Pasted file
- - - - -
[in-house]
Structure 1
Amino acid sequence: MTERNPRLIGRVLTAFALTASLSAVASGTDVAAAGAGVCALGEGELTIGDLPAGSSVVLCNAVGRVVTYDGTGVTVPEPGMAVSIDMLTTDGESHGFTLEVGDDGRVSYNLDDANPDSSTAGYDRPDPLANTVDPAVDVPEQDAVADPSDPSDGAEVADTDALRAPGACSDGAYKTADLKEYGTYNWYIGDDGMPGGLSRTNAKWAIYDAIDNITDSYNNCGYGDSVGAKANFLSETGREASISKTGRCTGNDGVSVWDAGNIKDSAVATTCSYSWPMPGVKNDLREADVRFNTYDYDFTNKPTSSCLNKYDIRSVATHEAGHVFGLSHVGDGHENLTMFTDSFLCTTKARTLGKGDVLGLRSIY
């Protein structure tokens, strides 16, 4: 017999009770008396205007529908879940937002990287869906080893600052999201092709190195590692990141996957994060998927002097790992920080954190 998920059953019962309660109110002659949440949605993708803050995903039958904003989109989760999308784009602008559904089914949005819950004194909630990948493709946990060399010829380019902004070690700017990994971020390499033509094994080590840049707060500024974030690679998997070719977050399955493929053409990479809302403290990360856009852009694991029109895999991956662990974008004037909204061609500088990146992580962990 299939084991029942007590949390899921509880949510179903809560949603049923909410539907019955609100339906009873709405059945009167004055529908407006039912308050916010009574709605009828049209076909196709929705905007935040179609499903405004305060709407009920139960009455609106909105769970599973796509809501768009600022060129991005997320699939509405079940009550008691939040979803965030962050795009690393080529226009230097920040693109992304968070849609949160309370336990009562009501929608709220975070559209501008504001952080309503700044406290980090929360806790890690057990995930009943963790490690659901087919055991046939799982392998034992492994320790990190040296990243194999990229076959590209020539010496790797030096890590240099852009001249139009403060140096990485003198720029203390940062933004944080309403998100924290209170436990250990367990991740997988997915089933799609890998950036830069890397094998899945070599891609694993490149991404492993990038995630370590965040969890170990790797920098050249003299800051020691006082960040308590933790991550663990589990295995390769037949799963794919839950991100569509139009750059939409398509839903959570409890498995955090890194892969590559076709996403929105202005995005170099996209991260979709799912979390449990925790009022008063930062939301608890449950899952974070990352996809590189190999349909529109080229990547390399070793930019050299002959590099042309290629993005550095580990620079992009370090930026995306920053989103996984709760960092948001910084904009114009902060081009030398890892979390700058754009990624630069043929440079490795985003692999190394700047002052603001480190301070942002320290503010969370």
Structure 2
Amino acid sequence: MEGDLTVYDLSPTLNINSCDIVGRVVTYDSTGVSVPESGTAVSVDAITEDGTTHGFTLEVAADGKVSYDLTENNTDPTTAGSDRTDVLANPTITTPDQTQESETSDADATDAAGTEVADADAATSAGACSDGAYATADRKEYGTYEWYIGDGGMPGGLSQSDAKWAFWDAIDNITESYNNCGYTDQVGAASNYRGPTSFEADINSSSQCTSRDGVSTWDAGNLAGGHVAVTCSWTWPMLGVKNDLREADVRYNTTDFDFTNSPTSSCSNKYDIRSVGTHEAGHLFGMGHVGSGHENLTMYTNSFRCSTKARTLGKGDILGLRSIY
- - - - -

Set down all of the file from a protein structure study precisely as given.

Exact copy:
[in-house]
Structure 1
Amino acid sequence: MTERNPRLIGRVLTAFALTASLSAVASGTDVAAAGAGVCALGEGELTIGDLPAGSSVVLCNAVGRVVTYDGTGVTVPEPGMAVSIDMLTTDGESHGFTLEVGDDGRVSYNLDDANPDSSTAGYDRPDPLANTVDPAVDVPEQDAVADPSDPSDGAEVADTDALRAPGACSDGAYKTADLKEYGTYNWYIGDDGMPGGLSRTNAKWAIYDAIDNITDSYNNCGYGDSVGAKANFLSETGREASISKTGRCTGNDGVSVWDAGNIKDSAVATTCSYSWPMPGVKNDLREADVRFNTYDYDFTNKPTSSCLNKYDIRSVATHEAGHVFGLSHVGDGHENLTMFTDSFLCTTKARTLGKGDVLGLRSIY
């Protein structure tokens, strides 16, 4: 017999009770008396205007529908879940937002990287869906080893600052999201092709190195590692990141996957994060998927002097790992920080954190 998920059953019962309660109110002659949440949605993708803050995903039958904003989109989760999308784009602008559904089914949005819950004194909630990948493709946990060399010829380019902004070690700017990994971020390499033509094994080590840049707060500024974030690679998997070719977050399955493929053409990479809302403290990360856009852009694991029109895999991956662990974008004037909204061609500088990146992580962990 299939084991029942007590949390899921509880949510179903809560949603049923909410539907019955609100339906009873709405059945009167004055529908407006039912308050916010009574709605009828049209076909196709929705905007935040179609499903405004305060709407009920139960009455609106909105769970599973796509809501768009600022060129991005997320699939509405079940009550008691939040979803965030962050795009690393080529226009230097920040693109992304968070849609949160309370336990009562009501929608709220975070559209501008504001952080309503700044406290980090929360806790890690057990995930009943963790490690659901087919055991046939799982392998034992492994320790990190040296990243194999990229076959590209020539010496790797030096890590240099852009001249139009403060140096990485003198720029203390940062933004944080309403998100924290209170436990250990367990991740997988997915089933799609890998950036830069890397094998899945070599891609694993490149991404492993990038995630370590965040969890170990790797920098050249003299800051020691006082960040308590933790991550663990589990295995390769037949799963794919839950991100569509139009750059939409398509839903959570409890498995955090890194892969590559076709996403929105202005995005170099996209991260979709799912979390449990925790009022008063930062939301608890449950899952974070990352996809590189190999349909529109080229990547390399070793930019050299002959590099042309290629993005550095580990620079992009370090930026995306920053989103996984709760960092948001910084904009114009902060081009030398890892979390700058754009990624630069043929440079490795985003692999190394700047002052603001480190301070942002320290503010969370």
Structure 2
Amino acid sequence: MEGDLTVYDLSPTLNINSCDIVGRVVTYDSTGVSVPESGTAVSVDAITEDGTTHGFTLEVAADGKVSYDLTENNTDPTTAGSDRTDVLANPTITTPDQTQESETSDADATDAAGTEVADADAATSAGACSDGAYATADRKEYGTYEWYIGDGGMPGGLSQSDAKWAFWDAIDNITESYNNCGYTDQVGAASNYRGPTSFEADINSSSQCTSRDGVSTWDAGNLAGGHVAVTCSWTWPMLGVKNDLREADVRYNTTDFDFTNSPTSSCSNKYDIRSVGTHEAGHLFGMGHVGSGHENLTMYTNSFRCSTKARTLGKGDILGLRSIY